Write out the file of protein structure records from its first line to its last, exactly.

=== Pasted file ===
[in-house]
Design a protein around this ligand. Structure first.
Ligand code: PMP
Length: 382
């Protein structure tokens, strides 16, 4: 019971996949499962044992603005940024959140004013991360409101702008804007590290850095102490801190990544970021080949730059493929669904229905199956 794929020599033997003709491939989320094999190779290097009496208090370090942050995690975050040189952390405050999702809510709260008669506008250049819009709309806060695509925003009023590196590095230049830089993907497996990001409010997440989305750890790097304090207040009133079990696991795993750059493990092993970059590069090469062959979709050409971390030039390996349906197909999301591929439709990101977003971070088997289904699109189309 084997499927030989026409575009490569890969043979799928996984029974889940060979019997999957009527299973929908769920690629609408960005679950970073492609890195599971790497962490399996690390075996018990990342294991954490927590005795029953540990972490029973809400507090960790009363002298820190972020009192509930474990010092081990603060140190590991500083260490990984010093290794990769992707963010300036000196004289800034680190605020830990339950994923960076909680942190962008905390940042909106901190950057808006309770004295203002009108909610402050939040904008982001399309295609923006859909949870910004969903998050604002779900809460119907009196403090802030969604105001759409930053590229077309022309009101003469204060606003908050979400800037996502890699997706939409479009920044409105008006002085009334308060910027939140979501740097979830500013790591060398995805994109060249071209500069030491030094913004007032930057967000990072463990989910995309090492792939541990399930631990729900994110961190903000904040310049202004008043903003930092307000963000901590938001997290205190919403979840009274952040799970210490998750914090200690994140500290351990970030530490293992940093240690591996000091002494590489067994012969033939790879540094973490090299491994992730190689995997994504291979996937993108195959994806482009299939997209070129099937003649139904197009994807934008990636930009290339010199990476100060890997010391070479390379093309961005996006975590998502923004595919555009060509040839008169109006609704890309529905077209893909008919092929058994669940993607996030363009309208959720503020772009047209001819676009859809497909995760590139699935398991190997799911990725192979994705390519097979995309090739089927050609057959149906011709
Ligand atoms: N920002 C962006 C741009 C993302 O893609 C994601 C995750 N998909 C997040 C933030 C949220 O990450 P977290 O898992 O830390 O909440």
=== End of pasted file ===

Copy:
[in-house]
Design a protein around this ligand. Structure first.
Ligand code: PMP
Length: 382
């Protein structure tokens, strides 16, 4: 019971996949499962044992603005940024959140004013991360409101702008804007590290850095102490801190990544970021080949730059493929669904229905199956 794929020599033997003709491939989320094999190779290097009496208090370090942050995690975050040189952390405050999702809510709260008669506008250049819009709309806060695509925003009023590196590095230049830089993907497996990001409010997440989305750890790097304090207040009133079990696991795993750059493990092993970059590069090469062959979709050409971390030039390996349906197909999301591929439709990101977003971070088997289904699109189309 084997499927030989026409575009490569890969043979799928996984029974889940060979019997999957009527299973929908769920690629609408960005679950970073492609890195599971790497962490399996690390075996018990990342294991954490927590005795029953540990972490029973809400507090960790009363002298820190972020009192509930474990010092081990603060140190590991500083260490990984010093290794990769992707963010300036000196004289800034680190605020830990339950994923960076909680942190962008905390940042909106901190950057808006309770004295203002009108909610402050939040904008982001399309295609923006859909949870910004969903998050604002779900809460119907009196403090802030969604105001759409930053590229077309022309009101003469204060606003908050979400800037996502890699997706939409479009920044409105008006002085009334308060910027939140979501740097979830500013790591060398995805994109060249071209500069030491030094913004007032930057967000990072463990989910995309090492792939541990399930631990729900994110961190903000904040310049202004008043903003930092307000963000901590938001997290205190919403979840009274952040799970210490998750914090200690994140500290351990970030530490293992940093240690591996000091002494590489067994012969033939790879540094973490090299491994992730190689995997994504291979996937993108195959994806482009299939997209070129099937003649139904197009994807934008990636930009290339010199990476100060890997010391070479390379093309961005996006975590998502923004595919555009060509040839008169109006609704890309529905077209893909008919092929058994669940993607996030363009309208959720503020772009047209001819676009859809497909995760590139699935398991190997799911990725192979994705390519097979995309090739089927050609057959149906011709
Ligand atoms: N920002 C962006 C741009 C993302 O893609 C994601 C995750 N998909 C997040 C933030 C949220 O990450 P977290 O898992 O830390 O909440």